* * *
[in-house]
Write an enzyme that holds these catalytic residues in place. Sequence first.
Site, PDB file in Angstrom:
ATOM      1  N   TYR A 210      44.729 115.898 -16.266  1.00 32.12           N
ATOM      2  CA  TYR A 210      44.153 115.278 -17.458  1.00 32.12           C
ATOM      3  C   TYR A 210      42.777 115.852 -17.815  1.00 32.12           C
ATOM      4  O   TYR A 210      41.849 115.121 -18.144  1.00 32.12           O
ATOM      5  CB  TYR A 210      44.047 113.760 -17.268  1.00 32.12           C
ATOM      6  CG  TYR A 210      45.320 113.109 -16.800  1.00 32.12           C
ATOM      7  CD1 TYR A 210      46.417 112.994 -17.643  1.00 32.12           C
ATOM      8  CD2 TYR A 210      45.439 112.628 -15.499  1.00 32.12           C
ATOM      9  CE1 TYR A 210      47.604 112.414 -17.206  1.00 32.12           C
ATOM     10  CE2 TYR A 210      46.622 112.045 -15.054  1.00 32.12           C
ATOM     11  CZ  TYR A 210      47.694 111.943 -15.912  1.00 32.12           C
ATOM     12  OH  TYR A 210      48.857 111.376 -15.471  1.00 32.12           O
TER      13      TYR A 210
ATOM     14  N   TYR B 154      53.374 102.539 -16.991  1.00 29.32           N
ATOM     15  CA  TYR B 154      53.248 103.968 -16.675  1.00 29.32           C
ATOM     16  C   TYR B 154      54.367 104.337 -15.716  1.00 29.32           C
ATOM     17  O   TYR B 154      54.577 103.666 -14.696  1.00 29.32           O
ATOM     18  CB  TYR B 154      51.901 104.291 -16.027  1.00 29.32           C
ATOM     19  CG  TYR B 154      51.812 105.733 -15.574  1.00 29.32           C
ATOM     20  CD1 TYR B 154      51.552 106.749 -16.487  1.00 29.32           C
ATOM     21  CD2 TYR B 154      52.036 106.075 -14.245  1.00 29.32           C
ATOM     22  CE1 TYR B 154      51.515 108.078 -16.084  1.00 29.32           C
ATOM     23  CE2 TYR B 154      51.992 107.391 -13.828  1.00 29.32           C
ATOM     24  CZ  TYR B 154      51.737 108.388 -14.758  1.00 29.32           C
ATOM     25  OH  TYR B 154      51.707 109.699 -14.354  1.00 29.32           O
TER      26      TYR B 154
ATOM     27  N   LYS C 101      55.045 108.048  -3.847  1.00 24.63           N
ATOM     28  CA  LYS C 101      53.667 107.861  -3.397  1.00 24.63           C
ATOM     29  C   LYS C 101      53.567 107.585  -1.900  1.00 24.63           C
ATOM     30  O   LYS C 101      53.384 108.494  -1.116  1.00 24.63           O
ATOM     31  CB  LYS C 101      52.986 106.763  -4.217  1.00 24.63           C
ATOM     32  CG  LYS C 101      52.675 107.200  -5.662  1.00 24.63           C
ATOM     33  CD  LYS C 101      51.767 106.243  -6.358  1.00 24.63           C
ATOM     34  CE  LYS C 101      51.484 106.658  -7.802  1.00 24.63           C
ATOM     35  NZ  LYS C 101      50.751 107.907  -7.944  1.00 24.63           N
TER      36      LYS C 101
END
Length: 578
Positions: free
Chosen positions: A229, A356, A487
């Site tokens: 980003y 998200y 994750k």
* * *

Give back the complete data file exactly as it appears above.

[in-house]
Write an enzyme that holds these catalytic residues in place. Sequence first.
Site, PDB file in Angstrom:
ATOM      1  N   TYR A 210      44.729 115.898 -16.266  1.00 32.12           N
ATOM      2  CA  TYR A 210      44.153 115.278 -17.458  1.00 32.12           C
ATOM      3  C   TYR A 210      42.777 115.852 -17.815  1.00 32.12           C
ATOM      4  O   TYR A 210      41.849 115.121 -18.144  1.00 32.12           O
ATOM      5  CB  TYR A 210      44.047 113.760 -17.268  1.00 32.12           C
ATOM      6  CG  TYR A 210      45.320 113.109 -16.800  1.00 32.12           C
ATOM      7  CD1 TYR A 210      46.417 112.994 -17.643  1.00 32.12           C
ATOM      8  CD2 TYR A 210      45.439 112.628 -15.499  1.00 32.12           C
ATOM      9  CE1 TYR A 210      47.604 112.414 -17.206  1.00 32.12           C
ATOM     10  CE2 TYR A 210      46.622 112.045 -15.054  1.00 32.12           C
ATOM     11  CZ  TYR A 210      47.694 111.943 -15.912  1.00 32.12           C
ATOM     12  OH  TYR A 210      48.857 111.376 -15.471  1.00 32.12           O
TER      13      TYR A 210
ATOM     14  N   TYR B 154      53.374 102.539 -16.991  1.00 29.32           N
ATOM     15  CA  TYR B 154      53.248 103.968 -16.675  1.00 29.32           C
ATOM     16  C   TYR B 154      54.367 104.337 -15.716  1.00 29.32           C
ATOM     17  O   TYR B 154      54.577 103.666 -14.696  1.00 29.32           O
ATOM     18  CB  TYR B 154      51.901 104.291 -16.027  1.00 29.32           C
ATOM     19  CG  TYR B 154      51.812 105.733 -15.574  1.00 29.32           C
ATOM     20  CD1 TYR B 154      51.552 106.749 -16.487  1.00 29.32           C
ATOM     21  CD2 TYR B 154      52.036 106.075 -14.245  1.00 29.32           C
ATOM     22  CE1 TYR B 154      51.515 108.078 -16.084  1.00 29.32           C
ATOM     23  CE2 TYR B 154      51.992 107.391 -13.828  1.00 29.32           C
ATOM     24  CZ  TYR B 154      51.737 108.388 -14.758  1.00 29.32           C
ATOM     25  OH  TYR B 154      51.707 109.699 -14.354  1.00 29.32           O
TER      26      TYR B 154
ATOM     27  N   LYS C 101      55.045 108.048  -3.847  1.00 24.63           N
ATOM     28  CA  LYS C 101      53.667 107.861  -3.397  1.00 24.63           C
ATOM     29  C   LYS C 101      53.567 107.585  -1.900  1.00 24.63           C
ATOM     30  O   LYS C 101      53.384 108.494  -1.116  1.00 24.63           O
ATOM     31  CB  LYS C 101      52.986 106.763  -4.217  1.00 24.63           C
ATOM     32  CG  LYS C 101      52.675 107.200  -5.662  1.00 24.63           C
ATOM     33  CD  LYS C 101      51.767 106.243  -6.358  1.00 24.63           C
ATOM     34  CE  LYS C 101      51.484 106.658  -7.802  1.00 24.63           C
ATOM     35  NZ  LYS C 101      50.751 107.907  -7.944  1.00 24.63           N
TER      36      LYS C 101
END
Length: 578
Positions: free
Chosen positions: A229, A356, A487
């Site tokens: 980003y 998200y 994750k």